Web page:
Eight years ago, environmental activist Lauren Singer set out to make reducing waste accessible.
A college student at the time, Singer learned about living waste-free from blogger Bea Johnson. Johnson helped the zero-waste movement gain traction, but she lived in a California suburb with children in a spacious house. Singer, meanwhile, was navigating the hustle and bustle of the city, while attending New York University.
"I had to apply this concept to a lifestyle that felt unique and relatable to me," Singer told Global Citizen.
The idea led her to create the educational platform Trash Is For Tossers for people who might not have the time or resources to figure out how to adopt low- and zero-waste practices on their own.
To Singer, living zero-waste means "not sending anything to a landfill or to discard anything with the intention of it not being repurposed or reused — basically not creating trash."
Trash that ends up in landfills emits methane gas, a major climate change offender.
While eliminating all waste might seem intimidating at first, starting small is the secret, according to Singer.
"When you zoom out, the average American makes about four and a half pounds of trash per person per day," she said. "Over the course of a year, that would be like eliminating thousands of pounds. When you look at the little things that you do — like say no to a plastic bag, or buy something in bulk as opposed to in packaging — these little changes that over time add up and result in not making any waste."
After launching her platform, Singer gained recognition in 2014 for fitting all the waste she produced in two years in a 16-ounce Mason jar. She also worked as a sustainability manager at the NYC Department of Environmental Protection.
The jar that prevented a thousand pounds of trash. Actually, to be more exact - it’s more like 14,145 since the average American makes about 4.5 pounds of trash per person per day. When I hear that one person can’t make a difference I think, well that’s silly, 14,000 pounds seems like a difference to me ;) We are powerful and that power can be good or bad, it’s all about how we choose to use it 💪🏻💪🏼💪🏽💪🏾💪🏿
Certain tools, like reusable water bottles or stainless steel food containers, helped make a waste-free lifestyle easier, she realized, but they were pretty hard to find. The companies making these products were having a hard time scaling their businesses, and sustainable companies weren’t getting much financial backing, she said.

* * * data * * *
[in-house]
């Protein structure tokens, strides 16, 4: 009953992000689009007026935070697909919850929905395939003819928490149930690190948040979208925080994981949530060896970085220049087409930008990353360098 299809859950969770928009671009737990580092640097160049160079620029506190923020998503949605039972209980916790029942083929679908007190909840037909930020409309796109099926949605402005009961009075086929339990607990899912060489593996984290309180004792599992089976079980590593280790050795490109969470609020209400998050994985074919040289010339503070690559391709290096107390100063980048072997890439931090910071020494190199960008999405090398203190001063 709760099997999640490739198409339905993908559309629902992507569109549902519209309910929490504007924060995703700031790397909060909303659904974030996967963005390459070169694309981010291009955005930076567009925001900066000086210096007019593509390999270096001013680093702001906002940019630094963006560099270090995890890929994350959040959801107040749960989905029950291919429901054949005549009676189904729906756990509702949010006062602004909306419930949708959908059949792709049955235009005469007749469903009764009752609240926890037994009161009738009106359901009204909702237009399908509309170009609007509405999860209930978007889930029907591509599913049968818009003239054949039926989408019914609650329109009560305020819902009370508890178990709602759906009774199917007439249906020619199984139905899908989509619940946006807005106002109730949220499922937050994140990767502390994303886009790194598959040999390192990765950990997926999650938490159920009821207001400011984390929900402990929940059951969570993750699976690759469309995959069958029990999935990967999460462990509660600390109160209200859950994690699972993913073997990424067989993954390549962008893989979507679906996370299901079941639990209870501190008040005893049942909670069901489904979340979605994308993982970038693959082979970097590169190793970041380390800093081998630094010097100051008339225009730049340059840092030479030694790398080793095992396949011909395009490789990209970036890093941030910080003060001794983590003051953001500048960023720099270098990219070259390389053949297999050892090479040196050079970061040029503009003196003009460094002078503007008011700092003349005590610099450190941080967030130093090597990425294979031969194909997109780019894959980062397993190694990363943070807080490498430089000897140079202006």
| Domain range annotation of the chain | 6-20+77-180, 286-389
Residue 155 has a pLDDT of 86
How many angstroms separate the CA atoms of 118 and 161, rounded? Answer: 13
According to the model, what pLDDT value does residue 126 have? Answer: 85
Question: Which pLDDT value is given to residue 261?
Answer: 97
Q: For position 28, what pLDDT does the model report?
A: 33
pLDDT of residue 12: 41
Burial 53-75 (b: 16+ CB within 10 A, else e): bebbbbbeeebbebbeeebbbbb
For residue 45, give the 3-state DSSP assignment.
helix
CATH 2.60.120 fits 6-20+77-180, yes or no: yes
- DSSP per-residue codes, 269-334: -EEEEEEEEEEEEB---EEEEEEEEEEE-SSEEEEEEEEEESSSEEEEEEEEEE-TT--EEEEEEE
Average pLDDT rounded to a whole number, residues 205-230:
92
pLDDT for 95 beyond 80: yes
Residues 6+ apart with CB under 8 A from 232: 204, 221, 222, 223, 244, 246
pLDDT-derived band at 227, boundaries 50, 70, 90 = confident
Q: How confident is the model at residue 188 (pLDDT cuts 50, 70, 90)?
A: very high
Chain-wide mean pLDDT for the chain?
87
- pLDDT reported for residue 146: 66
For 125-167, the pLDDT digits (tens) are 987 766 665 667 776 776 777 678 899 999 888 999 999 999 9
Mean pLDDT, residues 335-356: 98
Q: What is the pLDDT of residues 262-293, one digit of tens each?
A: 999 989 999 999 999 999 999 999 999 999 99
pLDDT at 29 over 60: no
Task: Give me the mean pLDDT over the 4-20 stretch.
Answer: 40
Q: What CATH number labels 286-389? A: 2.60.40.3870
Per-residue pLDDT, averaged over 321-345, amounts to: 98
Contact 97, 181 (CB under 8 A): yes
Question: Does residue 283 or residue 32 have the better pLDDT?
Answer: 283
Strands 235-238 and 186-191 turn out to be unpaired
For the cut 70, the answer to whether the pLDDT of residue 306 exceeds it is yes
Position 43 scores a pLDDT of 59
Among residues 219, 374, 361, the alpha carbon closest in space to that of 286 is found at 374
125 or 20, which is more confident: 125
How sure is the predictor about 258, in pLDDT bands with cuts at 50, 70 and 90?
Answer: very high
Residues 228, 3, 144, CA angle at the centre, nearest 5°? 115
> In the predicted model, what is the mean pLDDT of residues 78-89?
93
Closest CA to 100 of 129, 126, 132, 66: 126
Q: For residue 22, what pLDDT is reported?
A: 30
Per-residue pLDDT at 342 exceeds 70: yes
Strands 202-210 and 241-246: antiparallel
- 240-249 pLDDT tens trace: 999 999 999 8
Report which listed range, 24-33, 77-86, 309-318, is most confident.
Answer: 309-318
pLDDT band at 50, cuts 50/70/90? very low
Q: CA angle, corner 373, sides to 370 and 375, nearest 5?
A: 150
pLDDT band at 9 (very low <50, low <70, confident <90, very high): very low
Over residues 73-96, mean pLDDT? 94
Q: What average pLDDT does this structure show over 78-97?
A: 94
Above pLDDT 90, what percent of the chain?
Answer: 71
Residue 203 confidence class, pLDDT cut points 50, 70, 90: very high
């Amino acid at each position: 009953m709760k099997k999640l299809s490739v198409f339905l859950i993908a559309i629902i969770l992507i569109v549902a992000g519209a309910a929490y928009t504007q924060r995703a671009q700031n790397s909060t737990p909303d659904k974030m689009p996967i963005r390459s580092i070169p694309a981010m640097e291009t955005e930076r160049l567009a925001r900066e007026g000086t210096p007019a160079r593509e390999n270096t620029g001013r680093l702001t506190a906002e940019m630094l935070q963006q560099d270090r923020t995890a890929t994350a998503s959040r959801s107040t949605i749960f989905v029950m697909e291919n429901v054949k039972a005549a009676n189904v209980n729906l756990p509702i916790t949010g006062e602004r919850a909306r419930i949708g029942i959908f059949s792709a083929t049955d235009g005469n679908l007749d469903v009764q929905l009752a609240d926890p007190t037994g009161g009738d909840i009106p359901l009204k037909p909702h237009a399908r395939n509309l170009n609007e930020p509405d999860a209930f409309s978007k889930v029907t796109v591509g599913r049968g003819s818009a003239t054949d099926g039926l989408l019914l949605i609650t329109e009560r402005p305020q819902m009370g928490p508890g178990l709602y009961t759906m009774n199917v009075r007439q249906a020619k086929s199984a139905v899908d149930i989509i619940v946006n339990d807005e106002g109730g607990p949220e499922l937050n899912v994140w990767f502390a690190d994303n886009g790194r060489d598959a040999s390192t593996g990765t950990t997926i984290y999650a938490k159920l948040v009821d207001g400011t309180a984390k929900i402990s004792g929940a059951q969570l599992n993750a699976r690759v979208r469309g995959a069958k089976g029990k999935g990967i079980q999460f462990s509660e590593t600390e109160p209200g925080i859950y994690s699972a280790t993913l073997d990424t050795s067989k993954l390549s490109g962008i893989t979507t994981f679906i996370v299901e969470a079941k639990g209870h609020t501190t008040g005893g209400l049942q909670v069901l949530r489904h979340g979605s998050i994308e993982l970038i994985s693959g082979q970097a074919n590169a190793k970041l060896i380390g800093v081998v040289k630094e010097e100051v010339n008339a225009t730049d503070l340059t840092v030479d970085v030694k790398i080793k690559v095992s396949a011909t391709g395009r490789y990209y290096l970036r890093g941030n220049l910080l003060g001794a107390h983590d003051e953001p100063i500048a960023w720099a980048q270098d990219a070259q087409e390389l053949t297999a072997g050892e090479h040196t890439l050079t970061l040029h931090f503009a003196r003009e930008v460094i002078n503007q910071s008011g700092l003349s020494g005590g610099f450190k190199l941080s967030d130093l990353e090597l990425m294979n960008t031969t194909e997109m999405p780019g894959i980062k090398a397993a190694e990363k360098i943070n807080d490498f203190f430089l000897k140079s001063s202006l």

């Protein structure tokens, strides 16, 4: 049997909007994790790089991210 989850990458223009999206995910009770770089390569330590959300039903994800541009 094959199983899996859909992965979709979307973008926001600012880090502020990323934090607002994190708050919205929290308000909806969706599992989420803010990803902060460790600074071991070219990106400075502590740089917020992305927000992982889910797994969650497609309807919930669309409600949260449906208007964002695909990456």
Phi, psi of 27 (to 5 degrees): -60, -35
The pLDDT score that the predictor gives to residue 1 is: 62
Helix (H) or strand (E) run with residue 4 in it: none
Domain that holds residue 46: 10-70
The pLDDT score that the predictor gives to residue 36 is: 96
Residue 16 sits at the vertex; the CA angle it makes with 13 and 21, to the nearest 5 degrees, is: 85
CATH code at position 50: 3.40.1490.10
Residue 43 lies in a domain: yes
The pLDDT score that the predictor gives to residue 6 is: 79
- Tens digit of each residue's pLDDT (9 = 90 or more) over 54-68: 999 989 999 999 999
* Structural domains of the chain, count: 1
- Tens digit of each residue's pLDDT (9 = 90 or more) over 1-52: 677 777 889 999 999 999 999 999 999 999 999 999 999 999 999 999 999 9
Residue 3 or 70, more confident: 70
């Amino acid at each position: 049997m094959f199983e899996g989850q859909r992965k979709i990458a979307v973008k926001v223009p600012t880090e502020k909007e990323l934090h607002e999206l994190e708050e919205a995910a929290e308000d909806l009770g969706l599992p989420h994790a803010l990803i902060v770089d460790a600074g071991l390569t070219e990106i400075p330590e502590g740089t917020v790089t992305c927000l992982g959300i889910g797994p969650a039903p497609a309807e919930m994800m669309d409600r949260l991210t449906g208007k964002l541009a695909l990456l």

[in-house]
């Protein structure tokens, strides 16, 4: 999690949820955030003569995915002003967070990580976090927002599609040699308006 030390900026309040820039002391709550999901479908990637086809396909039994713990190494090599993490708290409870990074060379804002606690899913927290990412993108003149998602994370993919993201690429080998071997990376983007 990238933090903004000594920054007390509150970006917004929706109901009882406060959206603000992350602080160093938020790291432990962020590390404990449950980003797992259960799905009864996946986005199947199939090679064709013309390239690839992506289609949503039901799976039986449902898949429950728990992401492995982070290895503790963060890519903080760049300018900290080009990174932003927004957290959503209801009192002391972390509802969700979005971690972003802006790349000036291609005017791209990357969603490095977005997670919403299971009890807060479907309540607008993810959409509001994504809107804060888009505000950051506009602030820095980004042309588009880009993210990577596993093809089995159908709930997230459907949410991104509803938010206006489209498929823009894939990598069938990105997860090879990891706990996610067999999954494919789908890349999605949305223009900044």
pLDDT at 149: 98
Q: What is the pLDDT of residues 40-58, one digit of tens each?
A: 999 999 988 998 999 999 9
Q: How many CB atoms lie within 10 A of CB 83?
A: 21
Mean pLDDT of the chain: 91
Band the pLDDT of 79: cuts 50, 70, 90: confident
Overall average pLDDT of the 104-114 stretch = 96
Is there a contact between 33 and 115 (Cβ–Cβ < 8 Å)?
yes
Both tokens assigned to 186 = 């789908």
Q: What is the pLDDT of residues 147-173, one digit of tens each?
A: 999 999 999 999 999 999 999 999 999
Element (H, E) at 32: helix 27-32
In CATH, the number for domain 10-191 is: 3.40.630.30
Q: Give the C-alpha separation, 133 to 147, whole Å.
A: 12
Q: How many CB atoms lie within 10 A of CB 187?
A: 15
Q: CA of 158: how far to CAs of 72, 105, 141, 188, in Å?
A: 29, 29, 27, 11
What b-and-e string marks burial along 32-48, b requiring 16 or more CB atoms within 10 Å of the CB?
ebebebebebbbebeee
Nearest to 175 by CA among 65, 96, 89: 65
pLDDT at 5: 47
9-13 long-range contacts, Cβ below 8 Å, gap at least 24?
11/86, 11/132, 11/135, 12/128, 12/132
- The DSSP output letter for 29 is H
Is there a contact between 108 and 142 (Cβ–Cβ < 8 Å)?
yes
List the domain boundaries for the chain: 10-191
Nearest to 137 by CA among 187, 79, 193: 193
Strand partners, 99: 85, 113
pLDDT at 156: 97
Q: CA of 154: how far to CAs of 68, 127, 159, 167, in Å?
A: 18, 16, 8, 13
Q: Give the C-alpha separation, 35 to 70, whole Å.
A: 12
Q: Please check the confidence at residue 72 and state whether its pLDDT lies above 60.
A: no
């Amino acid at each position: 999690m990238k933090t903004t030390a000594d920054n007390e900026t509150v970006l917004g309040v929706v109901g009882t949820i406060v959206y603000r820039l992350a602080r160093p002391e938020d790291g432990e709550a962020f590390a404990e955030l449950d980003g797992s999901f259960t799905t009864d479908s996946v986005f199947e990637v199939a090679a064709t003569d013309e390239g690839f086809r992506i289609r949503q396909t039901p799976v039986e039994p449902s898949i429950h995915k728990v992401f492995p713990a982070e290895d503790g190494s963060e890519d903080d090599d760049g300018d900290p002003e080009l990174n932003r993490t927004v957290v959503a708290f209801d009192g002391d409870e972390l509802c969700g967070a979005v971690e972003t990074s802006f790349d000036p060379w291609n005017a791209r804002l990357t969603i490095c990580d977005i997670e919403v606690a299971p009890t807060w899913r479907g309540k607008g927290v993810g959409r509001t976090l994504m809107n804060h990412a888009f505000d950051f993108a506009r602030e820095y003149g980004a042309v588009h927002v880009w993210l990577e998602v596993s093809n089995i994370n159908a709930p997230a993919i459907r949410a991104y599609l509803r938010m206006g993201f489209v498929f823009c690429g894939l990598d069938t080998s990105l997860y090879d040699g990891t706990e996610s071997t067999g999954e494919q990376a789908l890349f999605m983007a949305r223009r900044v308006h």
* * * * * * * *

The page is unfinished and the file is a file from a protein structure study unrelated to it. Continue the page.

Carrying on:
To bring all her favorite companies together, Singer founded Package Free in 2017. The company sells waste-reducing products online and at a brick-and-mortar shop in Williamsburg, Brooklyn.
"I started Package Free to make those really simple swaps easy for people — switching from a plastic toothbrush to a bamboo one, from shampoo packaged in plastic to a shampoo bar," Singer said. "We have alternatives for just about anything that you would need to buy packaged."
The stores has kept 100 million pieces of trash out of landfills to date.
While running the store and online platform, Singer continued squeezing all the waste she accumulated into one Mason jar until 2020. But in the wake of the COVID-19 coronavirus crisis, reducing waste has required a bit more effort. On the one hand, Singer has found herself eating out less and having more control over the waste she’s contributing. Buying groceries, however, has presented a bigger challenge.
"During COVID, there have been inconveniences that have been created, like you can't buy groceries in bulk anymore," Singer said.
In an Instagram post on March 21, Singer shared a photo of the food she purchased in plastic packaging to take precautions and stock up on items she might need, if stuck in her home.
"We’re all navigating this situation together, and while I’m far from perfect, and have made VERY imperfect decisions over the past few weeks, I am trying to be the best for myself, my community, my company and team, and our collective humanity," she wrote.
Once lockdowns are eased and Package Free re-opens, it will help members of its community divert any packaging accrued during the pandemic from landfills. The retailer works with waste management company Terracycle to collect non-recyclable waste and turn it into reusable raw materials for new products. Online, the store is selling zero-waste boxes to help consumers ensure items, like disposable gloves and kitchen household products, get recycled.
"Any choice to reduce your waste and live a more sustainable lifestyle is positive," she said. "Don't be discouraged by what you're not doing, be motivated and inspired by what you are doing."